The Institutionalization of Photojournalism Education: Bringing the Blue-Apron Ghetto to American Schools of Journalism
Paddock, Stanton M.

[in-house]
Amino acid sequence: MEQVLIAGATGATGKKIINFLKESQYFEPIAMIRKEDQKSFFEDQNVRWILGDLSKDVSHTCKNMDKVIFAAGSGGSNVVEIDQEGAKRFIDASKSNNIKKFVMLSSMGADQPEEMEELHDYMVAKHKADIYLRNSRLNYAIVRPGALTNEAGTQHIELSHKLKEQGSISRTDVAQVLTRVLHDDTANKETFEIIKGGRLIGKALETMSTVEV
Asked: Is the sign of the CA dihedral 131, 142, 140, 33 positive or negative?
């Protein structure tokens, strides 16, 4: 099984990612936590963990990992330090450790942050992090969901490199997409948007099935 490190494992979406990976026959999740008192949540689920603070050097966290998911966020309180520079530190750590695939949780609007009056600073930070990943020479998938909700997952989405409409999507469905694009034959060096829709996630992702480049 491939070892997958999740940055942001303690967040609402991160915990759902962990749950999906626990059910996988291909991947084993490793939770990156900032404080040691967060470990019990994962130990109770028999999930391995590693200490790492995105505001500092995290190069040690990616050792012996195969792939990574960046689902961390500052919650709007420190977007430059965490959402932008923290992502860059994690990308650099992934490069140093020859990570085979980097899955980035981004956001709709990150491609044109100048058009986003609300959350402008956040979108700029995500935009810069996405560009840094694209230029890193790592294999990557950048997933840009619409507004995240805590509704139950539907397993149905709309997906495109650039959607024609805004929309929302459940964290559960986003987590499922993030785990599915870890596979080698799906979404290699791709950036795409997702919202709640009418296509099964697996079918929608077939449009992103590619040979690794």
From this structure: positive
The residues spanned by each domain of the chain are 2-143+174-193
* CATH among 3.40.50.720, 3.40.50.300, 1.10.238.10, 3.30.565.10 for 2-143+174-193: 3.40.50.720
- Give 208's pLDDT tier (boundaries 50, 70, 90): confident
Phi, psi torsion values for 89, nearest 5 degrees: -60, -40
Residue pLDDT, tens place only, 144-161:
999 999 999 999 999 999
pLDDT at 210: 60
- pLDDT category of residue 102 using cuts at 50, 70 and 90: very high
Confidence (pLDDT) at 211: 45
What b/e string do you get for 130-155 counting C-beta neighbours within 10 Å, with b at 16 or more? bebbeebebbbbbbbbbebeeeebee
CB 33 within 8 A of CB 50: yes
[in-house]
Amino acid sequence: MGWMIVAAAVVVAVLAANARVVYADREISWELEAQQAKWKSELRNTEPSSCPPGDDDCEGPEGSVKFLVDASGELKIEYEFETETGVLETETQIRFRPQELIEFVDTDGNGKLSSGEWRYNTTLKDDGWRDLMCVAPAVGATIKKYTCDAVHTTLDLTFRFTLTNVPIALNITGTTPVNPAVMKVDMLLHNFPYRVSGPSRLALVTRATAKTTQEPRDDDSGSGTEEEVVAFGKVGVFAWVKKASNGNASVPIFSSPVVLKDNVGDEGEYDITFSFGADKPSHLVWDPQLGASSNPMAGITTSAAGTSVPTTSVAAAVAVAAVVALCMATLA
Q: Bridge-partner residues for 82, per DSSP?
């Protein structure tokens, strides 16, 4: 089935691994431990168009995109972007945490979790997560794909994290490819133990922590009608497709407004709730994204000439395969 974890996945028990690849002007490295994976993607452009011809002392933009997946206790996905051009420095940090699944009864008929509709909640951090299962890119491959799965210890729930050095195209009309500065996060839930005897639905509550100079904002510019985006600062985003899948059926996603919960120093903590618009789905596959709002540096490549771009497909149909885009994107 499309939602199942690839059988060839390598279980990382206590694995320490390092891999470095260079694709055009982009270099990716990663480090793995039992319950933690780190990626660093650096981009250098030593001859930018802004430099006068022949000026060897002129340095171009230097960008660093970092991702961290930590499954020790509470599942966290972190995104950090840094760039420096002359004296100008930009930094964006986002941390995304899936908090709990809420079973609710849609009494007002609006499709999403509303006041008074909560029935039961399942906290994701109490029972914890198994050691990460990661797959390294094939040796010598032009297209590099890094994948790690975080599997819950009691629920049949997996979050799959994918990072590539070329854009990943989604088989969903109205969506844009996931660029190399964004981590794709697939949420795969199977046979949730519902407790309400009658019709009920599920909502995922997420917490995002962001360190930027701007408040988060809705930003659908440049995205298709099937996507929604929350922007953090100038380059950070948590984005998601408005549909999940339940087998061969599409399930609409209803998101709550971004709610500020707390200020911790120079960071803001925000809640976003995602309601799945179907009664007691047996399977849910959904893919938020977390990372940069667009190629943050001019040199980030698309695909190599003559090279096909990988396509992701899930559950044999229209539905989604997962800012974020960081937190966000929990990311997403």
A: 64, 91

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As journalism educators wrestle to keep programs up-to-date in an evolving news landscape, there is value in understanding how education in an early form of multimedia journalism — photography — came to be. Little attention has been paid to the intersection of journalism education and photojournalism. This subject furnishes a unique perspective on photojournalism’s professionalization. This dissertation examines the history of university-level photojournalism education in the early and mid 20th century by asking what influenced the creation, diffusion, and adoption of photojournalism pedagogy in American higher education and what the consequences were. Neo-institutional theory’s focus on legitimacy supports exploration of evolving organizational norms in photojournalism education. Contemporary writings on higher education, journalism education, and photojournalism reveal important environmental conditions. Shifting educational principles are tracked via records of journalism education groups. Analysis of textbooks elucidates evolving practices and opinions. Archival case studies of journalism programs at the University of Maryland and the University of Georgia provide detailed examples of evolving approaches to photojournalism education. Illuminated are deep-seated issues: the struggle for legitimacy, tension between practical skills and critical thinking, and the relationship between textual and visual journalism. Efforts to establish photojournalism education occurred well after the establishment of textual journalism education. Both faced similar challenges, including concerns about skill-based learning in higher education. But photojournalism education’s acceptance was initially hindered because it clashed with journalism education’s hard-won image as suitable in liberal arts institutions. Later, rapid expansion of interest in providing photojournalism courses promoted homogenization. The changing environment featured constant uncertainty. This perpetuated isomorphism in which the initial range of approaches narrowed and photojournalism offerings became more alike. This dissertation concludes that choices at both the local and national levels in photojournalism education were made to project outward legitimacy. The resulting curricula were not necessarily the best, most useful, efficient, or practical. Local factors — staffing, accreditation, location, mission, school type, and receptivity to innovation — were influential. Wider environmental factors also played a role as journalism education was institutionalized. Today, in facing the challenge of incorporating new reporting methods, journalism educators must recognize the wide variety of factors and influences that may be involved.